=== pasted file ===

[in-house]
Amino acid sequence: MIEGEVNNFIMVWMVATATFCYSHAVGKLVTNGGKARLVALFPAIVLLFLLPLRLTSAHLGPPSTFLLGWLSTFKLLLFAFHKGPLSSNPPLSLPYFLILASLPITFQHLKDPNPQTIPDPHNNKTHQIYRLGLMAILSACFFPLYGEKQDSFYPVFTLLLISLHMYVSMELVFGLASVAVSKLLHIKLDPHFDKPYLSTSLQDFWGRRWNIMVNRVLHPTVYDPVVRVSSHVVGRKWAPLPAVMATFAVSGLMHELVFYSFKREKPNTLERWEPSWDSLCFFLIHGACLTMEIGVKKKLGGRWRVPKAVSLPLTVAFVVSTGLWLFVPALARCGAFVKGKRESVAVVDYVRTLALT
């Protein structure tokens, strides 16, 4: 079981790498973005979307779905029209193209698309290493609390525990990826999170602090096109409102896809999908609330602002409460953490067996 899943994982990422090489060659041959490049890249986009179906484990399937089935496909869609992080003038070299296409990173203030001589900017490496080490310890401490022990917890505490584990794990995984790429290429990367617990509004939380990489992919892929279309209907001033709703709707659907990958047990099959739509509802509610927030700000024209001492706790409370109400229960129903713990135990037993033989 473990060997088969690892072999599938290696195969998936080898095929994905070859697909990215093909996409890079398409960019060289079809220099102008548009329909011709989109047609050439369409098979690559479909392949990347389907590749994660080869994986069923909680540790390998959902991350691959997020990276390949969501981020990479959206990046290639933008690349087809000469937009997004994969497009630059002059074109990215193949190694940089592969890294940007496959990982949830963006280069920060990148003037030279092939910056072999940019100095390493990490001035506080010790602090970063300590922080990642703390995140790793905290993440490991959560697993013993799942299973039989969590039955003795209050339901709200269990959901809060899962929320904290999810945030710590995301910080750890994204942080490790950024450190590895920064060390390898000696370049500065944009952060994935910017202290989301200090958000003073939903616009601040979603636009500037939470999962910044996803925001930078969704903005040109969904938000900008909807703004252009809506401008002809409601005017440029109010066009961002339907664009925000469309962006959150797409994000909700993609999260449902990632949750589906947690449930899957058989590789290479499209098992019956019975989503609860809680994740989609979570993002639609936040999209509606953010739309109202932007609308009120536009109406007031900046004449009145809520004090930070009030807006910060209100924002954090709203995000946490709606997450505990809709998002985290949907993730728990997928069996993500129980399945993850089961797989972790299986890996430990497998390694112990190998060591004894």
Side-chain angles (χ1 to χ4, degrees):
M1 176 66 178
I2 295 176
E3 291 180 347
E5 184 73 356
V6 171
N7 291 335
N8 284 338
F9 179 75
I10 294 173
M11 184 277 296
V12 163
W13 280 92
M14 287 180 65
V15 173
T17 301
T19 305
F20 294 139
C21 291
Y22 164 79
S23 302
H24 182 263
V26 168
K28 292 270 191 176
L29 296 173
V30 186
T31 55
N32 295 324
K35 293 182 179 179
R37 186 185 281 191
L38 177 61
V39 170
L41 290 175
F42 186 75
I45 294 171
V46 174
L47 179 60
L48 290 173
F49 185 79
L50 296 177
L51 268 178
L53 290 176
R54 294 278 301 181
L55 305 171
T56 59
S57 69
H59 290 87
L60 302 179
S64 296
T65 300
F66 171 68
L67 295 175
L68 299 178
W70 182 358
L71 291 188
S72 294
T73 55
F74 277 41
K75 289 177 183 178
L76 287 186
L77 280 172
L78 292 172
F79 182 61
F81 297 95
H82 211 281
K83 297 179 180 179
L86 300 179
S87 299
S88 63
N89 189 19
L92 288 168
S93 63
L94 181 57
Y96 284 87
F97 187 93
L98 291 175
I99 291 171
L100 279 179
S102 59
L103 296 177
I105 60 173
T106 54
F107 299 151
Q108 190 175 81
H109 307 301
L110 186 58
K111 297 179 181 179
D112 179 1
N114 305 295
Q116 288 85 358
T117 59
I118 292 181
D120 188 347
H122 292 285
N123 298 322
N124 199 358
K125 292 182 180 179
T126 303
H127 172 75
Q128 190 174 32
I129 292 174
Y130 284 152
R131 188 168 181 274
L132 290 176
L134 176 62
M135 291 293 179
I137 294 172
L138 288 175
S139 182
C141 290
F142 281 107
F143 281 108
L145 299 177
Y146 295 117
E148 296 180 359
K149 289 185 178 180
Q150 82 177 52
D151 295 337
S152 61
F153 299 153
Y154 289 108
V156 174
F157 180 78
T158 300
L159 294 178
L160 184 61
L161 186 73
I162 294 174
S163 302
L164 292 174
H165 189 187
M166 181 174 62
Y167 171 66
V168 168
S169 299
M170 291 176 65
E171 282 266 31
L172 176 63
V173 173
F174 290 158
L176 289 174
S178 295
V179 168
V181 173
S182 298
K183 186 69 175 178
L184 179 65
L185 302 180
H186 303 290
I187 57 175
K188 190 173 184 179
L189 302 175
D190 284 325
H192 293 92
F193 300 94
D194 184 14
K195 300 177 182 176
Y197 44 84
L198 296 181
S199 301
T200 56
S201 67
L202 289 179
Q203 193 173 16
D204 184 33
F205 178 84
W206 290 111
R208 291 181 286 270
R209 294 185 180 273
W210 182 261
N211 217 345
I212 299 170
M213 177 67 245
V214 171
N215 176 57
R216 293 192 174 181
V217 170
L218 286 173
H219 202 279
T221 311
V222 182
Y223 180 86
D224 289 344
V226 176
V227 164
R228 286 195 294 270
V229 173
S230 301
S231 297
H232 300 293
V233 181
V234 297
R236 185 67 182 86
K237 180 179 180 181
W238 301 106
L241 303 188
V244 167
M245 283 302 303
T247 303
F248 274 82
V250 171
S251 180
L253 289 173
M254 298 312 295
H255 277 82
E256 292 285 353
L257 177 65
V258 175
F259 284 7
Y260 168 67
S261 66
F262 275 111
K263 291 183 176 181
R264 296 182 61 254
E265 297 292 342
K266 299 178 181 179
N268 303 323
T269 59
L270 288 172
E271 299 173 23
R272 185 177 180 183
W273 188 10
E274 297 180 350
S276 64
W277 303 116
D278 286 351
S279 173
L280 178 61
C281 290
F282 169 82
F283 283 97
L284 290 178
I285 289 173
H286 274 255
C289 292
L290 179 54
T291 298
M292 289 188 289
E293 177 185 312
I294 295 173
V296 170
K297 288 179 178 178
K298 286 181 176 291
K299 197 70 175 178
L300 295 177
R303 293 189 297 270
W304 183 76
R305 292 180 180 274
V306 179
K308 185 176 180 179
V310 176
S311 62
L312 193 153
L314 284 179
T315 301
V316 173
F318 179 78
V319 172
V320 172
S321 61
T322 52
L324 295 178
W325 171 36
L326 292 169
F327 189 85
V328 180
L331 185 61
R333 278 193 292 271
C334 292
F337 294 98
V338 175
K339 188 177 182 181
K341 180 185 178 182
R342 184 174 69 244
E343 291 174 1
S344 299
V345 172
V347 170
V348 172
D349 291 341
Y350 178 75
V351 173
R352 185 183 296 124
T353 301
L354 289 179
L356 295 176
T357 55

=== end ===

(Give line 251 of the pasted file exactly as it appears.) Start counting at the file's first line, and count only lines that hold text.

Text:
R305 292 180 180 274